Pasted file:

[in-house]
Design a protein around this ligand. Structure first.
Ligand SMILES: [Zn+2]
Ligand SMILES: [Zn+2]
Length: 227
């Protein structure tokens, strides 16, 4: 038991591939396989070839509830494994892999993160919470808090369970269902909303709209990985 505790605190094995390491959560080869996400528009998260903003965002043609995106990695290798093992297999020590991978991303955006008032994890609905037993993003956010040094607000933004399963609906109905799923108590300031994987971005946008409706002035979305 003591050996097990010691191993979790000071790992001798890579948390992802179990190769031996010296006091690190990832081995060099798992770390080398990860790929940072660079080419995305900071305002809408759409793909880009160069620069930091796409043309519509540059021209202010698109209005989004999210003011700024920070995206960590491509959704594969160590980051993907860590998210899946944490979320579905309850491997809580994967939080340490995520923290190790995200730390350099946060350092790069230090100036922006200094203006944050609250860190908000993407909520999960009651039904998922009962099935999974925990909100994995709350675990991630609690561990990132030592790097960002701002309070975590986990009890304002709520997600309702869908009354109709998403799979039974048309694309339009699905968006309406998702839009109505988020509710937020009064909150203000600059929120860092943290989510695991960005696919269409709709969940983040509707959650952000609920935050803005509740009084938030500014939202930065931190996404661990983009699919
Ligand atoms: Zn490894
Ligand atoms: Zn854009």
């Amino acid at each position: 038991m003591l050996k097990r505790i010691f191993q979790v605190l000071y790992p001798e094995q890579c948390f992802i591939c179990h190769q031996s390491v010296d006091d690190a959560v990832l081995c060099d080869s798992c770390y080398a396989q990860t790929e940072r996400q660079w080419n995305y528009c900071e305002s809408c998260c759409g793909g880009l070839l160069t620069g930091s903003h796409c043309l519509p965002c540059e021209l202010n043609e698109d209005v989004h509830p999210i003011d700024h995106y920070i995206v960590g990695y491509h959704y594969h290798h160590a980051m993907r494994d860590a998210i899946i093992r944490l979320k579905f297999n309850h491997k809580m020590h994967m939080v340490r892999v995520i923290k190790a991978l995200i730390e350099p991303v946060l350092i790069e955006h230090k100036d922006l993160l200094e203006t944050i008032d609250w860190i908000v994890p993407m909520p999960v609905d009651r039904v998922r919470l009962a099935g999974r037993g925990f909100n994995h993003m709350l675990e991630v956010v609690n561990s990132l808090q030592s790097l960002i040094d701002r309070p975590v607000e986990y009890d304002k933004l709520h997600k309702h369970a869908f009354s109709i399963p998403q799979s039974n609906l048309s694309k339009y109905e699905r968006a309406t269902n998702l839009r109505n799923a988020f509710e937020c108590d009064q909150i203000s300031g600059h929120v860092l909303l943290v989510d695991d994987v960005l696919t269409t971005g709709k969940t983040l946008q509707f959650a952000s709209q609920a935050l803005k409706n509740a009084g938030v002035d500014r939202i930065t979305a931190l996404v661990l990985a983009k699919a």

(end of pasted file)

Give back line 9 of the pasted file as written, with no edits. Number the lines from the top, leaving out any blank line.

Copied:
């Amino acid at each position: 038991m003591l050996k097990r505790i010691f191993q979790v605190l000071y790992p001798e094995q890579c948390f992802i591939c179990h190769q031996s390491v010296d006091d690190a959560v990832l081995c060099d080869s798992c770390y080398a396989q990860t790929e940072r996400q660079w080419n995305y528009c900071e305002s809408c998260c759409g793909g880009l070839l160069t620069g930091s903003h796409c043309l519509p965002c540059e021209l202010n043609e698109d209005v989004h509830p999210i003011d700024h995106y920070i995206v960590g990695y491509h959704y594969h290798h160590a980051m993907r494994d860590a998210i899946i093992r944490l979320k579905f297999n309850h491997k809580m020590h994967m939080v340490r892999v995520i923290k190790a991978l995200i730390e350099p991303v946060l350092i790069e955006h230090k100036d922006l993160l200094e203006t944050i008032d609250w860190i908000v994890p993407m909520p999960v609905d009651r039904v998922r919470l009962a099935g999974r037993g925990f909100n994995h993003m709350l675990e991630v956010v609690n561990s990132l808090q030592s790097l960002i040094d701002r309070p975590v607000e986990y009890d304002k933004l709520h997600k309702h369970a869908f009354s109709i399963p998403q799979s039974n609906l048309s694309k339009y109905e699905r968006a309406t269902n998702l839009r109505n799923a988020f509710e937020c108590d009064q909150i203000s300031g600059h929120v860092l909303l943290v989510d695991d994987v960005l696919t269409t971005g709709k969940t983040l946008q509707f959650a952000s709209q609920a935050l803005k409706n509740a009084g938030v002035d500014r939202i930065t979305a931190l996404v661990l990985a983009k699919a």